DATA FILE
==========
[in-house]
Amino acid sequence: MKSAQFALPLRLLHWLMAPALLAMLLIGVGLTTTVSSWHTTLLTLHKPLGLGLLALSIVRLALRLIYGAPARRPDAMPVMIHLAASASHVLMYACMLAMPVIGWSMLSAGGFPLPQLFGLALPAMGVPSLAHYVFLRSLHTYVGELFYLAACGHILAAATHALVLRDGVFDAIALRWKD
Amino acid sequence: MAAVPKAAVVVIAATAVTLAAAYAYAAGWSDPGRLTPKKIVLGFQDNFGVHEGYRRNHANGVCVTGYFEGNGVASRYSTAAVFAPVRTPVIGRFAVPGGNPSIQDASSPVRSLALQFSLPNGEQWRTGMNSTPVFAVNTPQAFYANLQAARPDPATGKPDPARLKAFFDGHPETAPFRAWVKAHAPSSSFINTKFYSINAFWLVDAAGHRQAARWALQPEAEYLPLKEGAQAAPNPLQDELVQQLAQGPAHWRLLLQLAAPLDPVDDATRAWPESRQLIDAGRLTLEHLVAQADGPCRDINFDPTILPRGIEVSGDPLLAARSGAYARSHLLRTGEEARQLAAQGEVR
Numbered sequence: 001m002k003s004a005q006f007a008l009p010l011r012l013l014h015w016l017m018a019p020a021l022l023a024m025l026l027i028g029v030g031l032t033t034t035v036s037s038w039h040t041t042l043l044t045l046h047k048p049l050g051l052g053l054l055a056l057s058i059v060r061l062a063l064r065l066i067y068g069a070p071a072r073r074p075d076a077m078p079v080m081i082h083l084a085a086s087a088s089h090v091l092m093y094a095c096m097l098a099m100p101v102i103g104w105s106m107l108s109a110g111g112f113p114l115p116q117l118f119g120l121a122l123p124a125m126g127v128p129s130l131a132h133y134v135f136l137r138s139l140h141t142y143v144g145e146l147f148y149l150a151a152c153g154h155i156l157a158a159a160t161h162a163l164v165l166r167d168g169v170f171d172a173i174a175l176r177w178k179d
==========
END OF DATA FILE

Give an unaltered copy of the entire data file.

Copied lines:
[in-house]
Amino acid sequence: MKSAQFALPLRLLHWLMAPALLAMLLIGVGLTTTVSSWHTTLLTLHKPLGLGLLALSIVRLALRLIYGAPARRPDAMPVMIHLAASASHVLMYACMLAMPVIGWSMLSAGGFPLPQLFGLALPAMGVPSLAHYVFLRSLHTYVGELFYLAACGHILAAATHALVLRDGVFDAIALRWKD
Amino acid sequence: MAAVPKAAVVVIAATAVTLAAAYAYAAGWSDPGRLTPKKIVLGFQDNFGVHEGYRRNHANGVCVTGYFEGNGVASRYSTAAVFAPVRTPVIGRFAVPGGNPSIQDASSPVRSLALQFSLPNGEQWRTGMNSTPVFAVNTPQAFYANLQAARPDPATGKPDPARLKAFFDGHPETAPFRAWVKAHAPSSSFINTKFYSINAFWLVDAAGHRQAARWALQPEAEYLPLKEGAQAAPNPLQDELVQQLAQGPAHWRLLLQLAAPLDPVDDATRAWPESRQLIDAGRLTLEHLVAQADGPCRDINFDPTILPRGIEVSGDPLLAARSGAYARSHLLRTGEEARQLAAQGEVR
Numbered sequence: 001m002k003s004a005q006f007a008l009p010l011r012l013l014h015w016l017m018a019p020a021l022l023a024m025l026l027i028g029v030g031l032t033t034t035v036s037s038w039h040t041t042l043l044t045l046h047k048p049l050g051l052g053l054l055a056l057s058i059v060r061l062a063l064r065l066i067y068g069a070p071a072r073r074p075d076a077m078p079v080m081i082h083l084a085a086s087a088s089h090v091l092m093y094a095c096m097l098a099m100p101v102i103g104w105s106m107l108s109a110g111g112f113p114l115p116q117l118f119g120l121a122l123p124a125m126g127v128p129s130l131a132h133y134v135f136l137r138s139l140h141t142y143v144g145e146l147f148y149l150a151a152c153g154h155i156l157a158a159a160t161h162a163l164v165l166r167d168g169v170f171d172a173i174a175l176r177w178k179d